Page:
Australian Market and Social Research Society Limited

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The Australian Market and Social Research Society Limited (AMSRS) is a professional membership body which represents approximately 2,100 market research professionals who are committed to strengthening the standards and awareness of both market and social research in Australia. The Society's primary aims are to improve professional standards and ethics in the fields of marketing and social research and to assist members in career development.[1]

The AMSRS works closely with the Association of Market and Social Research Organisations (AMSRO) [1] The AMRS is the peak representative body for individual market and social research professionals while the Association of Market and Social Research Organisations (AMSRO) is the peak representative body for market and social research organisations in Australia. Together, the two peak societies represent the Australian industry and work to promote understanding of market and social research, help set and maintain the highest ethical and technical standards as well as representing the industry’s regulatory and legislative interests.[2]

Corporate Status[edit]

The Australian Market and Social Research Society Ltd is a limited by guarantee, unlisted public, non-profit company, Australian public company. It was registered on 22 January 1985 and was issued with the Australian Company Number (ACN) 002882635 ACN. Its Australian Business Number (ABN) is 19002882635. The company currently has its headquarters in Glebe, New South Wales.[3] In popular usage, it is known simply as the Australian Market and Social Research Society or AMSRS.

Brief History[edit]

The Australian market research industry first began to gather momentum in the 1930s.[4] The first Australian commercial service providers were founded the late 1930s and early 1940s. Early industry pioneers were Sylvia Ashby who founded Ashby Research Services in 1936;[5] Roy Morgan who became the Managing Director of Australian Public Opinion Polls in 1941;[6] George Anderson who founded Analysis of Broadcasting in 1944 [7] and Bill McNair who founded McNair Survey Pty Ltd in 1944.[8][9] In the post-war economic boom conditions, and as demand for research services grew, Australia became an attractive proposition for international market research companies who began establishing branches in Australia.[10] For instance, A C Nielsen opened an Australian office in 1948.[11]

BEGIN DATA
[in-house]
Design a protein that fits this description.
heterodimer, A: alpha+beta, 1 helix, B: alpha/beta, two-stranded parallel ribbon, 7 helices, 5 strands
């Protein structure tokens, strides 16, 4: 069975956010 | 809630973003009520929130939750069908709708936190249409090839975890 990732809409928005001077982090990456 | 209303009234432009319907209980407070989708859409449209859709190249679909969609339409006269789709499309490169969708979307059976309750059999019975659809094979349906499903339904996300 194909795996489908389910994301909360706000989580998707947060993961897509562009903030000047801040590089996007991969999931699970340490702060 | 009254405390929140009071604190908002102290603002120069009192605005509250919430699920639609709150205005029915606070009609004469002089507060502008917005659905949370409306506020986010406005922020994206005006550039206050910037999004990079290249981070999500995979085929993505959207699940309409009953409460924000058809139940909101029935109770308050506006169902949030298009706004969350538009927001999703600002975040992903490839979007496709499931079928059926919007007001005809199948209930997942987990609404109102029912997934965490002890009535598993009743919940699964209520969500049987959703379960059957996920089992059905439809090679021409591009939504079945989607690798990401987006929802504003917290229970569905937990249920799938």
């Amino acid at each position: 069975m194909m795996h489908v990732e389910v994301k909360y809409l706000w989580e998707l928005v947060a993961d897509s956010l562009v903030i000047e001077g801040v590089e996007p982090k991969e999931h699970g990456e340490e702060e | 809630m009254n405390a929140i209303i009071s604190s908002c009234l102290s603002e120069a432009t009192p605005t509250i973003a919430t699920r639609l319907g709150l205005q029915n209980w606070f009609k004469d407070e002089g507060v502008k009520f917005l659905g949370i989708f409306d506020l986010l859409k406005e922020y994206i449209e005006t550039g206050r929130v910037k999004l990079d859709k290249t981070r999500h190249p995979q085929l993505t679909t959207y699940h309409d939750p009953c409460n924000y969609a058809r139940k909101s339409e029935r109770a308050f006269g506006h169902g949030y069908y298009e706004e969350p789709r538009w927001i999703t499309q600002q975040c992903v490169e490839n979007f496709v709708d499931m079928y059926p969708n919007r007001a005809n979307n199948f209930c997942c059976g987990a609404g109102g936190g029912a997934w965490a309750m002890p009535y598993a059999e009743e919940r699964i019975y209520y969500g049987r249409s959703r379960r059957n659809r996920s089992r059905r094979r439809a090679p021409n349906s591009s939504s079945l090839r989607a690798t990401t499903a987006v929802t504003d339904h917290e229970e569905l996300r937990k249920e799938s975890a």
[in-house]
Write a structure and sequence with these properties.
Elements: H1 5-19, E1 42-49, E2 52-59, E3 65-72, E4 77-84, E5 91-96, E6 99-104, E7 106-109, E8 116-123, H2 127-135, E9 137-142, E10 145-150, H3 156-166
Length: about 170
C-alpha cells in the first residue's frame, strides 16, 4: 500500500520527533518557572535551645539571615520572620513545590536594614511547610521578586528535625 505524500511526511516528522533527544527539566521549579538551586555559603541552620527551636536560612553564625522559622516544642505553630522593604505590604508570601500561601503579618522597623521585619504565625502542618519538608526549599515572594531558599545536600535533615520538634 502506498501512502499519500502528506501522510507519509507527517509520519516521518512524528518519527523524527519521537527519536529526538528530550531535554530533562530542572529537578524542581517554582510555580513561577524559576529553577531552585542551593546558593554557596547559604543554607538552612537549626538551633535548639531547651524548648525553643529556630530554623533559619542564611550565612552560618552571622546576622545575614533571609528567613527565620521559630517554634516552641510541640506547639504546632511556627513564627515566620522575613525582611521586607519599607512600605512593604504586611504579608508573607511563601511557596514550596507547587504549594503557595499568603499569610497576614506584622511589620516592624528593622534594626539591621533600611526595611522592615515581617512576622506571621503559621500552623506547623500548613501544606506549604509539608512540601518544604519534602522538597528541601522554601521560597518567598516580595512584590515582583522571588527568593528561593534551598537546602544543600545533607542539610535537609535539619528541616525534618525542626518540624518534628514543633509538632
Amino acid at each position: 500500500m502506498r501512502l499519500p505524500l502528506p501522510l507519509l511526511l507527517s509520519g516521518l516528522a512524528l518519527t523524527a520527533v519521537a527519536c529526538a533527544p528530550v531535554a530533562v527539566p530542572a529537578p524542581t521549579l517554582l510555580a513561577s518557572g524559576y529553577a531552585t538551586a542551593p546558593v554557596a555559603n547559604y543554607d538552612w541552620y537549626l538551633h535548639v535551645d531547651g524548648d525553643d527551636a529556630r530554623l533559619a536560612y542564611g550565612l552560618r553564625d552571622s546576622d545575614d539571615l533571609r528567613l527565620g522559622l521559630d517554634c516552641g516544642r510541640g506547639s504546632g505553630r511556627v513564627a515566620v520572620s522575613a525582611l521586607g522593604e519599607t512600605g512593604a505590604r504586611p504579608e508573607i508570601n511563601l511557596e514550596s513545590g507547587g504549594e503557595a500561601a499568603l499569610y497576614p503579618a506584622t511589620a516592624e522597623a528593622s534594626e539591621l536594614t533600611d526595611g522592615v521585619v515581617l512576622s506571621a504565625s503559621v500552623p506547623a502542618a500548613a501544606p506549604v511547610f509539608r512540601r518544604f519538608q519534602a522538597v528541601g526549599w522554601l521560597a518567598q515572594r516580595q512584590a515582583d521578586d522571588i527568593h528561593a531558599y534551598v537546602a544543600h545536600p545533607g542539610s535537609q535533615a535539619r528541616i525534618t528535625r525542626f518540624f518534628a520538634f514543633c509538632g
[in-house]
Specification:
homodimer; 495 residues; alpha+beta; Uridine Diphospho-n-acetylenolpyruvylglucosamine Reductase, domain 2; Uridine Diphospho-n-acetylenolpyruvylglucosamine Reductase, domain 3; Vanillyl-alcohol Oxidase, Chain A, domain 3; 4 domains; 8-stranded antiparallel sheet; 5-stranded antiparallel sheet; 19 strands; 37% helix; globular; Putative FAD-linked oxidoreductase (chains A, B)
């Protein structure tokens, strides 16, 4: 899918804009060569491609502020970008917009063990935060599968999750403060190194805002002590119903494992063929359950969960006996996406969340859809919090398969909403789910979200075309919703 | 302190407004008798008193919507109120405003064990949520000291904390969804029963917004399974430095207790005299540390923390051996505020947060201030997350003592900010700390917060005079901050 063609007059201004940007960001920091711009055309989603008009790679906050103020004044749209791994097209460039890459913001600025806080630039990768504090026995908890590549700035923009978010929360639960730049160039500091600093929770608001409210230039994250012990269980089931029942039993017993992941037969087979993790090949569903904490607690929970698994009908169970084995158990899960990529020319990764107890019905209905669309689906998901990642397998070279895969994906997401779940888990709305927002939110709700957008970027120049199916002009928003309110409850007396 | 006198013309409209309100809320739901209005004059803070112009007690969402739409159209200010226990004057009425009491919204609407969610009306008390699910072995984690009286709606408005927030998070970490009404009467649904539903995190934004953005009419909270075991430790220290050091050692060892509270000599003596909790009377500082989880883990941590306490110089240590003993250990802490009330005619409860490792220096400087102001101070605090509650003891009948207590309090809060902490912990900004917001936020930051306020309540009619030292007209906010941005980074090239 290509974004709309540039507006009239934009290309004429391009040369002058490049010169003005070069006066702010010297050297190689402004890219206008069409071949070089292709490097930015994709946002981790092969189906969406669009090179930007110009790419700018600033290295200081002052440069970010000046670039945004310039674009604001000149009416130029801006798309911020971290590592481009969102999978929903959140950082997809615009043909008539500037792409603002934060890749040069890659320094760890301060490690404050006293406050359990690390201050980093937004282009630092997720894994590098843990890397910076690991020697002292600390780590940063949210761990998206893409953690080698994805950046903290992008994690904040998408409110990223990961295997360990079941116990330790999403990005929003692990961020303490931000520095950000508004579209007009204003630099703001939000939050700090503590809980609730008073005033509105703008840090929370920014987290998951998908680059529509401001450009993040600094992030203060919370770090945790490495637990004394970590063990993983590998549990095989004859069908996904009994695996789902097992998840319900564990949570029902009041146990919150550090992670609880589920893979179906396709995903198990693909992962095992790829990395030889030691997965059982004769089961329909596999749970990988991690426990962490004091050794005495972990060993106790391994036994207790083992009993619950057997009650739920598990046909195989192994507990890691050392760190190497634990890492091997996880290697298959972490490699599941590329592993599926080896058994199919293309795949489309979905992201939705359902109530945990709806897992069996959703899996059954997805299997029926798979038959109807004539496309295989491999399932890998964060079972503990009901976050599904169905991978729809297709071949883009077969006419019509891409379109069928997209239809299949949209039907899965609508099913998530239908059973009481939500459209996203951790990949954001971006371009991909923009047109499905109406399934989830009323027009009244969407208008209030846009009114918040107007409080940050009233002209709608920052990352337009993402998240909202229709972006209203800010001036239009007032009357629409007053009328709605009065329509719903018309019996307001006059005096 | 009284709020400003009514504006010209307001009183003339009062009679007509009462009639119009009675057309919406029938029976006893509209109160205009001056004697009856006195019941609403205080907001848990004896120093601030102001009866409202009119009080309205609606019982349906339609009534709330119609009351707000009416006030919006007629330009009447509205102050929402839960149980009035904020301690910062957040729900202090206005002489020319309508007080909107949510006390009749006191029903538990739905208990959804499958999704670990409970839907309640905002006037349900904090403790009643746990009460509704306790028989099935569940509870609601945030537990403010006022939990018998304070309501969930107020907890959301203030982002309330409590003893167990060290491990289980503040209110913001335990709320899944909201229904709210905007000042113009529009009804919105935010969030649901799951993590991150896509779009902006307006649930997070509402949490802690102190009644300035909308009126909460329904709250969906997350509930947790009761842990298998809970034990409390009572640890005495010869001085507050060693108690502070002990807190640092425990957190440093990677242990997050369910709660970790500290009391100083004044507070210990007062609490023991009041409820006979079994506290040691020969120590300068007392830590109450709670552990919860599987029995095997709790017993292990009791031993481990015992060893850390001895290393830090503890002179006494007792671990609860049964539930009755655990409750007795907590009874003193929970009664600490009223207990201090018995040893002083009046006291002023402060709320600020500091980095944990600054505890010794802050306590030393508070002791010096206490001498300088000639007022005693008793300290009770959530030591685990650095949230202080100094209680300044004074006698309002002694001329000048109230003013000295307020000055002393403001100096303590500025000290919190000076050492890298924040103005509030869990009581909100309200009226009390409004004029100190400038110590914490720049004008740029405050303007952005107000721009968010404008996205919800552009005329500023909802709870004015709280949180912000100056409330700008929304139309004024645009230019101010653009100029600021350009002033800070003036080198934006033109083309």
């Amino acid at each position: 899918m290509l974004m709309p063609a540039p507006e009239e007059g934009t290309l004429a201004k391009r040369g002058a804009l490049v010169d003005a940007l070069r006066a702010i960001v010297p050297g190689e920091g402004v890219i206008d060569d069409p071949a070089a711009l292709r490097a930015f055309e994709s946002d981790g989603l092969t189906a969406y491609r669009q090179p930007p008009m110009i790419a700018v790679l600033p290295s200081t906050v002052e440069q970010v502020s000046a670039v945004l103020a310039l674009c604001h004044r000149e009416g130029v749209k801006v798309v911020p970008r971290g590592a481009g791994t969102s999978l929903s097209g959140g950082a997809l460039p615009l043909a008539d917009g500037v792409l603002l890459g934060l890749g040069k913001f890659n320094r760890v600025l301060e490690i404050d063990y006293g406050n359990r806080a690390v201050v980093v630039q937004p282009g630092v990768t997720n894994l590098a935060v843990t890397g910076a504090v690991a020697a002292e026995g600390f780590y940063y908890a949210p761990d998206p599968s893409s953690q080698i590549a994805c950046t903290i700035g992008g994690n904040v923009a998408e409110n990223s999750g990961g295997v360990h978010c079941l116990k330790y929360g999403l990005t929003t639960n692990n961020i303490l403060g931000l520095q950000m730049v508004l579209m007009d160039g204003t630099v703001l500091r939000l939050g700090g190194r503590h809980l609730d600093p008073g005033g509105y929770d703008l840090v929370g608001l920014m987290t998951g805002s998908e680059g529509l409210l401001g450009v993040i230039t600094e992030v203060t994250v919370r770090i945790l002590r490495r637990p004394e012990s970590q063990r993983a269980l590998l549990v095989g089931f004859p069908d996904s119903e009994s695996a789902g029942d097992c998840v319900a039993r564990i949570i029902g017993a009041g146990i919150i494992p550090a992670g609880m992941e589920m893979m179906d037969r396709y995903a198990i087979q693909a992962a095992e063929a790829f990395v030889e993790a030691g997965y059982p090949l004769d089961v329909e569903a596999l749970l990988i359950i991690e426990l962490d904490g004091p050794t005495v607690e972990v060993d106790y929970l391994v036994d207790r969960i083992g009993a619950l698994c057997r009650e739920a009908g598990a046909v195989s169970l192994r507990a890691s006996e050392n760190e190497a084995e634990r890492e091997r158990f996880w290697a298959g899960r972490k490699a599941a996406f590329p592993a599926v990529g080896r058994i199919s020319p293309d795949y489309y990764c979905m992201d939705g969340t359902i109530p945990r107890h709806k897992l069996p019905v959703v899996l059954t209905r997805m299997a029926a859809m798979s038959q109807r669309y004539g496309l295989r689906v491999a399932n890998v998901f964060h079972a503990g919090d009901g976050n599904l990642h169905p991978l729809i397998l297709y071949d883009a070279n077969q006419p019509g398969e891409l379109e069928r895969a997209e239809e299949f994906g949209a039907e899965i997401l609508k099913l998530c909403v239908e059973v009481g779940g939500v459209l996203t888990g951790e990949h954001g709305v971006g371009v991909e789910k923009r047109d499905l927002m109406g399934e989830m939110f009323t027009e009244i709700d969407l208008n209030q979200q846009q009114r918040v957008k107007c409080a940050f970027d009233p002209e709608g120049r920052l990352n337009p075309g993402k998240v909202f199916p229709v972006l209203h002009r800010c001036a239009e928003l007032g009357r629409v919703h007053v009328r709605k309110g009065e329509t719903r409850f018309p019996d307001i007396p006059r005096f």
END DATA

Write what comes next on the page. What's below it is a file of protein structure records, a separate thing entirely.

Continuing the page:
The Market Research Society of Victoria was founded in August 1955, followed by a New South Wales division in 1959. A Federal Council was formed to coordinate the activities of the two states and the Society's name was changed to the Market Research Society of Australia (MRSA) to reflect its broader geographic coverage. Branches were formed in other Australian states; including South Australia (1960), Western Australia (1969) and Queensland (1975). The first Code of Professional Behaviour was adopted in 1963.[12] The society changed its name from the Market Research Society of Australia (MRSA) to the Australian Social and Market Research Society (AMSRS) in 2004.

Membership[edit]

The Australian Market and Social Research Society (AMSRS) has 2,100 individual professional researchers as members. Its partner organisation, the Association of Market and Social Research Organisations (AMSRO) which represents market and social research organisations, has 90 member organisations, accounting for approximately 75 per cent of the industry's employment. The market research industry turns over approximately $750 million annually and employs more than 10,000 equivalent full-time personnel (EFTs) in Australia, including 4,100 full-time professionals.[13]

Code of Professional Behaviour[edit]

AMSRS members are bound to observe the Society's Code of Professional Behaviour, which provides an ethical framework for conducting and reporting market and social research. In Australia, the market and social research industry operates under a co-regulatory system in which the peak industry body or bodies, such as ASMRS and AMSRO, develop codes of behaviour that are subsequently approved by government after which they become binding on all members.[14] The AMSRS code of professional behaviour is designed to ensure that strict standards of ethical and professional conduct are upheld. Both the AMSRO and AMSRS are empowered to investigate complaints, relating to breaches of the code, and can apply sanctions.

Members of AMSRS are bound by the following codes:[15]

The Code of Professional Behaviour.
The Australian Standard for market, opinion and social research (ISO 20252) market, opinion and social research.
The Quality Standard for Online Access Panels (QSOAP).
The Qualified Practicing Market Researcher scheme (QPMR).
The Privacy (Market and Social Research) Code, 2014.

In relation to the Australian Privacy (Market and Social Research) Code, 2014, the Australian Government commented that the AMSRS/AMSRO code is stricter than the government's own privacy laws.[16]

Industry Standards[edit]

The AMSRS has been instrumental in developing internationally recognised standards for conducting and reporting market and social research. For example, the Quality Standard for On-line Access Panels (QSOAP) was an initiative of both the Association of Market and Social Research Organisations (AMSRO) and the Australian Market and Social Research Society (AMSRS) and is now recognised as world’s best practice quality standard for online research.[17]

The AS ISO standard 20252, was published worldwide in 2006 as the model for market, opinion and social research in the market research industry. The standard was published in Australia in 2007 and AS ISO 20252 has been adopted by AMSRS as the Australian Standard for Market and Social Marketing Research.[18]

The society works closely with the Market Research Quality Assurance Council[19] and the Association of Market and Social Research Organisations (AMSRO).